The Best Man In His Field
by M. Scott Eiland

The young man in the business suit who had picked me up at the airport led me into the elevator, and we started going up. Elevators look less elegant in this day and age, but they make up for it by being complicated--this model had doors on both sides, like at some hospitals. I remembered seeing one of those for the first time when Dad was in for his final hospital stay back in the late seventies. He had just worn out at the age of one hundred and ten, and he was still alert enough to be irritated that his son couldn't openly visit him--since he had been declared dead ten years before. He kept his peace, and we were able to say our discreet goodbyes. His funeral was a national event--the beloved master of understandable texts for generations of undergraduate archaeology students was mourned by many across his nation, and his eulogy--delivered by a sitting US Senator-- expressed regret that he had failed in his lifelong dream to discover the resting place of the Holy Grail.

Dad always could keep a secret--whether it was mine or his.

The elevator door opened, and the man gestured in the direction of a pair of closed oak doors. I nodded and thanked him before following the carpet towards my destination. There was a young woman sitting at the secretary's desk, and she perked up upon seeing me. She saw a man of ordinary height and weight, apparently about sixty years old, with neatly trimmed gray hair and a beard. Appearances can be deceiving, child I smiled at her. "Good afternoon. I am Doctor Walter Sullivan, and I have an appointment with the chief executive officer of this firm."

"An--er, I mean Mr. Angel is expecting you, Doctor." The young lady pressed a button on her desk, then smiled at me and added, "You can go right in, sir. Please ask if you want anything to drink."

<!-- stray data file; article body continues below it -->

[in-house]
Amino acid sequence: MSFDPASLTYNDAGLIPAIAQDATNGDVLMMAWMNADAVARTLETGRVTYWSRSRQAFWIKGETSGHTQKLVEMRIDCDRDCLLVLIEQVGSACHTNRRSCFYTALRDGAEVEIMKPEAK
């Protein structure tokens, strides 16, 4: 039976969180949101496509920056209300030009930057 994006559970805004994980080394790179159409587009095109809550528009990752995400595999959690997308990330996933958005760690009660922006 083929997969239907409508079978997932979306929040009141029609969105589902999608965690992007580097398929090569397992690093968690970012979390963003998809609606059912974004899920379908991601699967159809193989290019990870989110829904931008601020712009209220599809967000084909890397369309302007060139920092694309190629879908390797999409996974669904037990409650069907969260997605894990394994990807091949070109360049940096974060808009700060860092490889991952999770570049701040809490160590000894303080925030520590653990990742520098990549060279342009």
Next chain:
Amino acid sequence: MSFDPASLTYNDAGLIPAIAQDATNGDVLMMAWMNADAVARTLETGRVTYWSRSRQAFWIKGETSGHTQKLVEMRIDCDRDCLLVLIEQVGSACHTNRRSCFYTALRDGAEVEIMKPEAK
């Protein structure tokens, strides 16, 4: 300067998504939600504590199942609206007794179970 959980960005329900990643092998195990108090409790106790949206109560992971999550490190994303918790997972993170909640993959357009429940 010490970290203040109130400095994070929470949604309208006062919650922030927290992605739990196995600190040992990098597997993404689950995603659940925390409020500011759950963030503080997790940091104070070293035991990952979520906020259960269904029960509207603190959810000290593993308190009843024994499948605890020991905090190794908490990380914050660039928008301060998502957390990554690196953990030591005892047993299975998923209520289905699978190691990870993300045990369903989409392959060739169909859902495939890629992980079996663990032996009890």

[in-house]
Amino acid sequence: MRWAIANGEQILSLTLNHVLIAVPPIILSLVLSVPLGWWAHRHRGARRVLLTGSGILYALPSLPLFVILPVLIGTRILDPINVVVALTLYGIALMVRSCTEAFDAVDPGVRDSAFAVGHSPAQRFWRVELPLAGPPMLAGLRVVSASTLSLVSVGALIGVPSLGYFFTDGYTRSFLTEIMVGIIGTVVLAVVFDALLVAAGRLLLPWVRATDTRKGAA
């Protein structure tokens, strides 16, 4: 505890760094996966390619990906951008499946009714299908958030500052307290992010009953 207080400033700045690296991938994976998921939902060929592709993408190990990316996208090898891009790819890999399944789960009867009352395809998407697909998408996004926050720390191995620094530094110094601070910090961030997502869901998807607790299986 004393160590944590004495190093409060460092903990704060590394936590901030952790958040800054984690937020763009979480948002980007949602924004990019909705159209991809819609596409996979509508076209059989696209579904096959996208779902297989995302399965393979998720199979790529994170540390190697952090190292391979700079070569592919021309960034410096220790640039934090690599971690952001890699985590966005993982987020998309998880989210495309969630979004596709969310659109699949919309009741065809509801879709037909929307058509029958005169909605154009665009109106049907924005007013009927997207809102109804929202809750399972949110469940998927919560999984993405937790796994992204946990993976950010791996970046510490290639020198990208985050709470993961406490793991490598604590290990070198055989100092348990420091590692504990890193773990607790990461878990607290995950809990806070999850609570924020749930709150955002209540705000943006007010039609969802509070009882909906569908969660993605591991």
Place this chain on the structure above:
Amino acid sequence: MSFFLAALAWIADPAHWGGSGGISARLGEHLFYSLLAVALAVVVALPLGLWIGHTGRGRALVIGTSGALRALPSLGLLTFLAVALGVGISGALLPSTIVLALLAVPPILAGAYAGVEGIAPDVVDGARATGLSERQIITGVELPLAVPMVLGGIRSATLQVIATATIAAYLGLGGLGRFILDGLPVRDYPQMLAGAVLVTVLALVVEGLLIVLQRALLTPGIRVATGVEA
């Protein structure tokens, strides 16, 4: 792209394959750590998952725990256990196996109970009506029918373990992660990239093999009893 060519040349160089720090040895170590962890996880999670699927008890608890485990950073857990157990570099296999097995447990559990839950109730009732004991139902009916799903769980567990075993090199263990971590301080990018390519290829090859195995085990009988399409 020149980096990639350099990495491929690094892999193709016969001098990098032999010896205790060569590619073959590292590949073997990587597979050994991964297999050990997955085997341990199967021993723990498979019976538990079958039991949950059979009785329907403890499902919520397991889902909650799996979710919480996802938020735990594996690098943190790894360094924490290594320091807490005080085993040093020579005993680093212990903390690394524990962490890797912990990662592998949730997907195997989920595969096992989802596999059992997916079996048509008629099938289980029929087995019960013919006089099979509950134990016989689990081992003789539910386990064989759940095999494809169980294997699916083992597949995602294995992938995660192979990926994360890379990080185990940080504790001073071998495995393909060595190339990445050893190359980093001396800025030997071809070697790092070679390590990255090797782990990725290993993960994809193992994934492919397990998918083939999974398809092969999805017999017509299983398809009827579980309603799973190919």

I nodded and dismissed the secretary as I opened the polished doors and walked in. I saw a luxurious office with elaborate furnishings and a large desk in the back as I closed the doors behind me. Behind the desk was a wall with various examples of ancient weaponry--I raised an eyebrow as I recognized specimens that would turn the complexion of any museum curator in the world green with envy. This trip was worth making, but where's the--ah A large, dark- haired man who didn't look much older than the young secretary outside was off to the side, mixing a martini. He turned to me and smiled, and I immediately had a sense that I had seen him somewhere before--a sense that only grew as he smiled, extended his hand and said simply, "I'm glad you decided to make this trip--I've been a follower of your work for a very long time--Dr. Jones."

I felt a surge of irritation. Mere money would never have caused me to make the trip--I've never been particularly motivated by it, and I've got plenty, between my own investments and what Dad left me. The invitation I had received three days before had come in a crate containing a Ming vase with a rather unique quality--it had been chipped and stained in a fit of pique by one Napoleon Bonaparte. Whoever sent it knew that I would be able to ascertain its authenticity in a very short period of time--I got a phone call less than two hours after its delivery wanting to facilitate travel plans, and I was receptive, since the vase had been a simple courtesy gift to sway me to come--no one in their right mind would use it for such purposes if they didn't have a huge quantity of other such items to work with. I hadn't expected game playing, though. Again, I don't spend much time thinking about money, but I spent a lot of it establishing this new identity thirty years ago, and I'd just as soon not have people I don't know ignoring the efforts on my part to bury an old lifetime and ignore the new one that I've created for myself. Very well--I was going to make him work for it. I ignored the extended hand, frowned, and replied, "Young man--you have me mistaken for someone else. I am Walter Sullivan, former curator of the New York Museum of Antiquities--retired. You should know this, as you sent me an invitation to come to this place to discuss a matter which you described as being of great importance, and punctuated with a unique blending of the cultures of France and China. If I am mistaken, perhaps I should be on my way."